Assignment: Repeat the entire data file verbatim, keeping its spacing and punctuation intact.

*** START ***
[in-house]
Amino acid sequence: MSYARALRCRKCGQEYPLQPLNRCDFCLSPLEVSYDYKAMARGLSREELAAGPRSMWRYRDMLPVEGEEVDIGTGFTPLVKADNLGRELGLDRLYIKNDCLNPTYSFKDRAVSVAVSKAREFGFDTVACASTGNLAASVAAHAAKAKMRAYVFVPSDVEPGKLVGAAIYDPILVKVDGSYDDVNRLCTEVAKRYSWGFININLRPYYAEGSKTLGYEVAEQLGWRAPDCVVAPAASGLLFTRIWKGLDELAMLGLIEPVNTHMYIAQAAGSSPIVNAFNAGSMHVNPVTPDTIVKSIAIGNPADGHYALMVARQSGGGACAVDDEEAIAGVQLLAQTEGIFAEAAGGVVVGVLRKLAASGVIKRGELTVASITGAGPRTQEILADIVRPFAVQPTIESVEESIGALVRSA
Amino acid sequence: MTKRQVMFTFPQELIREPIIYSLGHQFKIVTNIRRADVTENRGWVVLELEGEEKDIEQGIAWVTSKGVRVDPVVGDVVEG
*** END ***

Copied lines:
[in-house]
Amino acid sequence: MSYARALRCRKCGQEYPLQPLNRCDFCLSPLEVSYDYKAMARGLSREELAAGPRSMWRYRDMLPVEGEEVDIGTGFTPLVKADNLGRELGLDRLYIKNDCLNPTYSFKDRAVSVAVSKAREFGFDTVACASTGNLAASVAAHAAKAKMRAYVFVPSDVEPGKLVGAAIYDPILVKVDGSYDDVNRLCTEVAKRYSWGFININLRPYYAEGSKTLGYEVAEQLGWRAPDCVVAPAASGLLFTRIWKGLDELAMLGLIEPVNTHMYIAQAAGSSPIVNAFNAGSMHVNPVTPDTIVKSIAIGNPADGHYALMVARQSGGGACAVDDEEAIAGVQLLAQTEGIFAEAAGGVVVGVLRKLAASGVIKRGELTVASITGAGPRTQEILADIVRPFAVQPTIESVEESIGALVRSA
Amino acid sequence: MTKRQVMFTFPQELIREPIIYSLGHQFKIVTNIRRADVTENRGWVVLELEGEEKDIEQGIAWVTSKGVRVDPVVGDVVEG